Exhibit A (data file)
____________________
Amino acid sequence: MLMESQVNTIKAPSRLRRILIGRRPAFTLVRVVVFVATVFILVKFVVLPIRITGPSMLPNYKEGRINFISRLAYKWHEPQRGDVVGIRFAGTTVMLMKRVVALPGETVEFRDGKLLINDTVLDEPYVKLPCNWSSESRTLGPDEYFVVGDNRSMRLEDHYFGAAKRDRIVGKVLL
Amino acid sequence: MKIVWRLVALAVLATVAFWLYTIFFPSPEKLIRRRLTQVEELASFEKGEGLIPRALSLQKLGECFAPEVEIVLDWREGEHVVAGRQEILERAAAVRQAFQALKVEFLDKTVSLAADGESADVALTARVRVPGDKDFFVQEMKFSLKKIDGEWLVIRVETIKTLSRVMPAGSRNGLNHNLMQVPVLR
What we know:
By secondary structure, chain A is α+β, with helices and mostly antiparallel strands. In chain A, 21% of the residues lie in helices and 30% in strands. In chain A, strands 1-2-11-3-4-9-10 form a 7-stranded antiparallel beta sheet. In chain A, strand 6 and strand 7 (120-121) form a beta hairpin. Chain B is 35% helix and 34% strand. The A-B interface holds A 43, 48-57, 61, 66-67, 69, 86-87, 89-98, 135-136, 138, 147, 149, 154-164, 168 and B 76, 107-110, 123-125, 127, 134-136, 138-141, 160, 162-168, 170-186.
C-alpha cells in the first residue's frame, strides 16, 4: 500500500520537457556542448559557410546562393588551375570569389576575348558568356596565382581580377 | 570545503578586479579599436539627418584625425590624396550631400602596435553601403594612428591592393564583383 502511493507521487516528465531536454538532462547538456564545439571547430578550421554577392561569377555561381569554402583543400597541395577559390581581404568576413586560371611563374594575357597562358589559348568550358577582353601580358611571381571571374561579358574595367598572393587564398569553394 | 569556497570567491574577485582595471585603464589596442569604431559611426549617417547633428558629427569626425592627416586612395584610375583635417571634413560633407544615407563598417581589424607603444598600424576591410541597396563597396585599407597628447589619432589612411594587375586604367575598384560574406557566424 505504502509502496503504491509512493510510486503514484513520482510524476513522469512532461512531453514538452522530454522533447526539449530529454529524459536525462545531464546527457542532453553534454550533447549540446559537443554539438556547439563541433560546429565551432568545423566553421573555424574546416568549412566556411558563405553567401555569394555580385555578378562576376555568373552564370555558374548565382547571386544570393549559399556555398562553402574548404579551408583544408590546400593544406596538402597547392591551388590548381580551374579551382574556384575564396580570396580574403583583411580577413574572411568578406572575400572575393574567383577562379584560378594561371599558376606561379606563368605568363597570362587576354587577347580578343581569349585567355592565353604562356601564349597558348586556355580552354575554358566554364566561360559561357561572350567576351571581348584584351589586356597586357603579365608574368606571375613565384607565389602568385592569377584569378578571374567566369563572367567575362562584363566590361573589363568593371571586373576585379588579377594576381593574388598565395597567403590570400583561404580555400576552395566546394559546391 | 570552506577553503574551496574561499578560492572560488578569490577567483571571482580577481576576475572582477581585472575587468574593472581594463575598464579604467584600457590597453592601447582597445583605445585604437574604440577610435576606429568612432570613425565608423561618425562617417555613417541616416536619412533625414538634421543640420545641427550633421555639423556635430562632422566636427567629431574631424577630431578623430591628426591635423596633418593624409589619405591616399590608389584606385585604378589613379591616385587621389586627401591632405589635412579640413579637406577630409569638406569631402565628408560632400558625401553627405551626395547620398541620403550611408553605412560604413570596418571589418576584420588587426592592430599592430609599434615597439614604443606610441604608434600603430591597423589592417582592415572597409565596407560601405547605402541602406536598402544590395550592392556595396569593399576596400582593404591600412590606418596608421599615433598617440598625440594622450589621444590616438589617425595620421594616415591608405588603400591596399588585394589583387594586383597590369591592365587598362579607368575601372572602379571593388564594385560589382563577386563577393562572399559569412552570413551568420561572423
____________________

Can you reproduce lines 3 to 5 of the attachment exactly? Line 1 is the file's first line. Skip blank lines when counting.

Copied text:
What we know:
By secondary structure, chain A is α+β, with helices and mostly antiparallel strands. In chain A, 21% of the residues lie in helices and 30% in strands. In chain A, strands 1-2-11-3-4-9-10 form a 7-stranded antiparallel beta sheet. In chain A, strand 6 and strand 7 (120-121) form a beta hairpin. Chain B is 35% helix and 34% strand. The A-B interface holds A 43, 48-57, 61, 66-67, 69, 86-87, 89-98, 135-136, 138, 147, 149, 154-164, 168 and B 76, 107-110, 123-125, 127, 134-136, 138-141, 160, 162-168, 170-186.
C-alpha cells in the first residue's frame, strides 16, 4: 500500500520537457556542448559557410546562393588551375570569389576575348558568356596565382581580377 | 570545503578586479579599436539627418584625425590624396550631400602596435553601403594612428591592393564583383 502511493507521487516528465531536454538532462547538456564545439571547430578550421554577392561569377555561381569554402583543400597541395577559390581581404568576413586560371611563374594575357597562358589559348568550358577582353601580358611571381571571374561579358574595367598572393587564398569553394 | 569556497570567491574577485582595471585603464589596442569604431559611426549617417547633428558629427569626425592627416586612395584610375583635417571634413560633407544615407563598417581589424607603444598600424576591410541597396563597396585599407597628447589619432589612411594587375586604367575598384560574406557566424 505504502509502496503504491509512493510510486503514484513520482510524476513522469512532461512531453514538452522530454522533447526539449530529454529524459536525462545531464546527457542532453553534454550533447549540446559537443554539438556547439563541433560546429565551432568545423566553421573555424574546416568549412566556411558563405553567401555569394555580385555578378562576376555568373552564370555558374548565382547571386544570393549559399556555398562553402574548404579551408583544408590546400593544406596538402597547392591551388590548381580551374579551382574556384575564396580570396580574403583583411580577413574572411568578406572575400572575393574567383577562379584560378594561371599558376606561379606563368605568363597570362587576354587577347580578343581569349585567355592565353604562356601564349597558348586556355580552354575554358566554364566561360559561357561572350567576351571581348584584351589586356597586357603579365608574368606571375613565384607565389602568385592569377584569378578571374567566369563572367567575362562584363566590361573589363568593371571586373576585379588579377594576381593574388598565395597567403590570400583561404580555400576552395566546394559546391 | 570552506577553503574551496574561499578560492572560488578569490577567483571571482580577481576576475572582477581585472575587468574593472581594463575598464579604467584600457590597453592601447582597445583605445585604437574604440577610435576606429568612432570613425565608423561618425562617417555613417541616416536619412533625414538634421543640420545641427550633421555639423556635430562632422566636427567629431574631424577630431578623430591628426591635423596633418593624409589619405591616399590608389584606385585604378589613379591616385587621389586627401591632405589635412579640413579637406577630409569638406569631402565628408560632400558625401553627405551626395547620398541620403550611408553605412560604413570596418571589418576584420588587426592592430599592430609599434615597439614604443606610441604608434600603430591597423589592417582592415572597409565596407560601405547605402541602406536598402544590395550592392556595396569593399576596400582593404591600412590606418596608421599615433598617440598625440594622450589621444590616438589617425595620421594616415591608405588603400591596399588585394589583387594586383597590369591592365587598362579607368575601372572602379571593388564594385560589382563577386563577393562572399559569412552570413551568420561572423